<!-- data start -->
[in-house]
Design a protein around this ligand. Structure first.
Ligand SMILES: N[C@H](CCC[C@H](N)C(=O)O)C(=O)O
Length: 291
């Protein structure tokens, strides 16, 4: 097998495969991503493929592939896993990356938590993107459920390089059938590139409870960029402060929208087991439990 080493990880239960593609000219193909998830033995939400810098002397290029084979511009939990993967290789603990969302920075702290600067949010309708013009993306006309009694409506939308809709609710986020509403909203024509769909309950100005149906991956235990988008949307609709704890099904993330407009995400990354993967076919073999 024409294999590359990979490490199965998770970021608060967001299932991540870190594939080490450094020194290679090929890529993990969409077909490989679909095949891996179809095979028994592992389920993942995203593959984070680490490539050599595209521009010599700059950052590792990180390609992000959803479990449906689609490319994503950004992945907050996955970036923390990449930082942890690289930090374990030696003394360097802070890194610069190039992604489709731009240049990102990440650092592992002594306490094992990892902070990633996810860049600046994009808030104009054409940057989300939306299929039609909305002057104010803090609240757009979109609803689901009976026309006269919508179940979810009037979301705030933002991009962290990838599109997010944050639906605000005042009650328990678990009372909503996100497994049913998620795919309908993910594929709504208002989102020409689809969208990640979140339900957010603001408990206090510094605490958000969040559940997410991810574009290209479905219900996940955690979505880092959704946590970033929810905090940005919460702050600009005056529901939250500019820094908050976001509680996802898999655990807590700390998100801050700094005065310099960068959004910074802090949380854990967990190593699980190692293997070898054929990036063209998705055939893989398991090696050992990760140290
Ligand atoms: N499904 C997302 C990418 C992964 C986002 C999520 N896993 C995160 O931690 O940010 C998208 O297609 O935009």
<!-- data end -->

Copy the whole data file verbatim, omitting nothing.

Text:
[in-house]
Design a protein around this ligand. Structure first.
Ligand SMILES: N[C@H](CCC[C@H](N)C(=O)O)C(=O)O
Length: 291
């Protein structure tokens, strides 16, 4: 097998495969991503493929592939896993990356938590993107459920390089059938590139409870960029402060929208087991439990 080493990880239960593609000219193909998830033995939400810098002397290029084979511009939990993967290789603990969302920075702290600067949010309708013009993306006309009694409506939308809709609710986020509403909203024509769909309950100005149906991956235990988008949307609709704890099904993330407009995400990354993967076919073999 024409294999590359990979490490199965998770970021608060967001299932991540870190594939080490450094020194290679090929890529993990969409077909490989679909095949891996179809095979028994592992389920993942995203593959984070680490490539050599595209521009010599700059950052590792990180390609992000959803479990449906689609490319994503950004992945907050996955970036923390990449930082942890690289930090374990030696003394360097802070890194610069190039992604489709731009240049990102990440650092592992002594306490094992990892902070990633996810860049600046994009808030104009054409940057989300939306299929039609909305002057104010803090609240757009979109609803689901009976026309006269919508179940979810009037979301705030933002991009962290990838599109997010944050639906605000005042009650328990678990009372909503996100497994049913998620795919309908993910594929709504208002989102020409689809969208990640979140339900957010603001408990206090510094605490958000969040559940997410991810574009290209479905219900996940955690979505880092959704946590970033929810905090940005919460702050600009005056529901939250500019820094908050976001509680996802898999655990807590700390998100801050700094005065310099960068959004910074802090949380854990967990190593699980190692293997070898054929990036063209998705055939893989398991090696050992990760140290
Ligand atoms: N499904 C997302 C990418 C992964 C986002 C999520 N896993 C995160 O931690 O940010 C998208 O297609 O935009």